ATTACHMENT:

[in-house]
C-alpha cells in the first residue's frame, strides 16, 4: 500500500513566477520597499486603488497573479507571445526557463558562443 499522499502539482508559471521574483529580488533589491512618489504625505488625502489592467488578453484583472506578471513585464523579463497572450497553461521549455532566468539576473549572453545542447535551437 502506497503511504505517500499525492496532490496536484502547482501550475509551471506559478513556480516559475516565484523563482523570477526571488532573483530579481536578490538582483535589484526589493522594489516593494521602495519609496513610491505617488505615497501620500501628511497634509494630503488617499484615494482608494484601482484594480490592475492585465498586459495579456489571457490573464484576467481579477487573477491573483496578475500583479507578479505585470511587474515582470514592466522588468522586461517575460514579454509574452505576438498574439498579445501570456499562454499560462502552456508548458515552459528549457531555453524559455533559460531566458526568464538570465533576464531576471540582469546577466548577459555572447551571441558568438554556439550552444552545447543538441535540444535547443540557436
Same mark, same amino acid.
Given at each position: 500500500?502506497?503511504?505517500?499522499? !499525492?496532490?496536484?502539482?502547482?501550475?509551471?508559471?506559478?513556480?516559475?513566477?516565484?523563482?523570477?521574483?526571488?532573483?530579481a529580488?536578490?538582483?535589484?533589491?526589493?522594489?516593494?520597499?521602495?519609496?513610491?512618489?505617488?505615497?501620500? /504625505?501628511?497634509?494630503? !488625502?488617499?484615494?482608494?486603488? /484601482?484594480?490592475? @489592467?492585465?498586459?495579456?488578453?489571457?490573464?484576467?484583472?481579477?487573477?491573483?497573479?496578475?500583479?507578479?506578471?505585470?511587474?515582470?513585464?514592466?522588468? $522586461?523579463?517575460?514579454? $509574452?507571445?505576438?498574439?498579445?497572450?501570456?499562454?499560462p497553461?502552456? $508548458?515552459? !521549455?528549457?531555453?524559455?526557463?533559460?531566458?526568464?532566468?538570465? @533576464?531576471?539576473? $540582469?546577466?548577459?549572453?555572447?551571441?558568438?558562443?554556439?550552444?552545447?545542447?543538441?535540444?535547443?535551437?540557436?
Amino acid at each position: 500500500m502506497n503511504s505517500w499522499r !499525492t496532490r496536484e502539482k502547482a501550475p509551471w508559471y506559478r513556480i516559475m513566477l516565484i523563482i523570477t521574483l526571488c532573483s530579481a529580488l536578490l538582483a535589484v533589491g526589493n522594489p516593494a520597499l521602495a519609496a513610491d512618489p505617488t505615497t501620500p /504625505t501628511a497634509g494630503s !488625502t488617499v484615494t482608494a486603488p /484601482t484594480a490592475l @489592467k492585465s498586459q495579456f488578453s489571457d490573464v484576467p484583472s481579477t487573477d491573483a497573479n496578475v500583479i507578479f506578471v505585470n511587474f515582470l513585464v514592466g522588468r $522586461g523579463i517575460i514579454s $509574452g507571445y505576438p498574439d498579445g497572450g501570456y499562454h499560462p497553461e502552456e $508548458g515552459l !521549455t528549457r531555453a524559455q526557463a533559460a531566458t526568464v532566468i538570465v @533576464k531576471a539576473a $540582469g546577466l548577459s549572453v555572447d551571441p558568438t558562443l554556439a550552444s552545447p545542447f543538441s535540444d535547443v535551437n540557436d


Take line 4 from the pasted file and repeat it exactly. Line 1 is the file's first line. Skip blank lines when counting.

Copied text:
Given at each position: 500500500?502506497?503511504?505517500?499522499? !499525492?496532490?496536484?502539482?502547482?501550475?509551471?508559471?506559478?513556480?516559475?513566477?516565484?523563482?523570477?521574483?526571488?532573483?530579481a529580488?536578490?538582483?535589484?533589491?526589493?522594489?516593494?520597499?521602495?519609496?513610491?512618489?505617488?505615497?501620500? /504625505?501628511?497634509?494630503? !488625502?488617499?484615494?482608494?486603488? /484601482?484594480?490592475? @489592467?492585465?498586459?495579456?488578453?489571457?490573464?484576467?484583472?481579477?487573477?491573483?497573479?496578475?500583479?507578479?506578471?505585470?511587474?515582470?513585464?514592466?522588468? $522586461?523579463?517575460?514579454? $509574452?507571445?505576438?498574439?498579445?497572450?501570456?499562454?499560462p497553461?502552456? $508548458?515552459? !521549455?528549457?531555453?524559455?526557463?533559460?531566458?526568464?532566468?538570465? @533576464?531576471?539576473? $540582469?546577466?548577459?549572453?555572447?551571441?558568438?558562443?554556439?550552444?552545447?545542447?543538441?535540444?535547443?535551437?540557436?